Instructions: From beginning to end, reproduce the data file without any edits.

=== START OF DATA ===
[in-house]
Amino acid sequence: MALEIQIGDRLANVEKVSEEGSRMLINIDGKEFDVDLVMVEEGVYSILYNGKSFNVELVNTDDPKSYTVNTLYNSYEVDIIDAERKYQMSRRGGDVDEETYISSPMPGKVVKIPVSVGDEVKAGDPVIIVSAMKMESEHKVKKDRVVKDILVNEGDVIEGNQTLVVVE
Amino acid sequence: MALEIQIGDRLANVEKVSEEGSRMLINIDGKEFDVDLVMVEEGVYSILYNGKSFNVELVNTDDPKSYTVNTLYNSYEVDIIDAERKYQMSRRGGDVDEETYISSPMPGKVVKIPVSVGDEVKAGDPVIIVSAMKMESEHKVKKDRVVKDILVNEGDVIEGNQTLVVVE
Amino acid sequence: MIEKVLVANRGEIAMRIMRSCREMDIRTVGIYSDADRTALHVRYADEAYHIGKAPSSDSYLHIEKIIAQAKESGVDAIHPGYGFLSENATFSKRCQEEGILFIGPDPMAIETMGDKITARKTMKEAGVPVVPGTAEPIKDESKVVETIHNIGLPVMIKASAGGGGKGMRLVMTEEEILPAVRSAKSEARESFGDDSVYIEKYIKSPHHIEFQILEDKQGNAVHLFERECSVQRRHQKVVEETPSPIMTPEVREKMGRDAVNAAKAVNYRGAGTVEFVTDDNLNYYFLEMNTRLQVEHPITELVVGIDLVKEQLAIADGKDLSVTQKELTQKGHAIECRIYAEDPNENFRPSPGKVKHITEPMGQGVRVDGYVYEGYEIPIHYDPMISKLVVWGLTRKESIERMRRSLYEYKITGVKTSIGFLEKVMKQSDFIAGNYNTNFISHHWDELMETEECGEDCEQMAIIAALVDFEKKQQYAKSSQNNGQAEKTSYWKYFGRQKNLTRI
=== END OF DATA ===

[in-house]
Amino acid sequence: MALEIQIGDRLANVEKVSEEGSRMLINIDGKEFDVDLVMVEEGVYSILYNGKSFNVELVNTDDPKSYTVNTLYNSYEVDIIDAERKYQMSRRGGDVDEETYISSPMPGKVVKIPVSVGDEVKAGDPVIIVSAMKMESEHKVKKDRVVKDILVNEGDVIEGNQTLVVVE
Amino acid sequence: MALEIQIGDRLANVEKVSEEGSRMLINIDGKEFDVDLVMVEEGVYSILYNGKSFNVELVNTDDPKSYTVNTLYNSYEVDIIDAERKYQMSRRGGDVDEETYISSPMPGKVVKIPVSVGDEVKAGDPVIIVSAMKMESEHKVKKDRVVKDILVNEGDVIEGNQTLVVVE
Amino acid sequence: MIEKVLVANRGEIAMRIMRSCREMDIRTVGIYSDADRTALHVRYADEAYHIGKAPSSDSYLHIEKIIAQAKESGVDAIHPGYGFLSENATFSKRCQEEGILFIGPDPMAIETMGDKITARKTMKEAGVPVVPGTAEPIKDESKVVETIHNIGLPVMIKASAGGGGKGMRLVMTEEEILPAVRSAKSEARESFGDDSVYIEKYIKSPHHIEFQILEDKQGNAVHLFERECSVQRRHQKVVEETPSPIMTPEVREKMGRDAVNAAKAVNYRGAGTVEFVTDDNLNYYFLEMNTRLQVEHPITELVVGIDLVKEQLAIADGKDLSVTQKELTQKGHAIECRIYAEDPNENFRPSPGKVKHITEPMGQGVRVDGYVYEGYEIPIHYDPMISKLVVWGLTRKESIERMRRSLYEYKITGVKTSIGFLEKVMKQSDFIAGNYNTNFISHHWDELMETEECGEDCEQMAIIAALVDFEKKQQYAKSSQNNGQAEKTSYWKYFGRQKNLTRI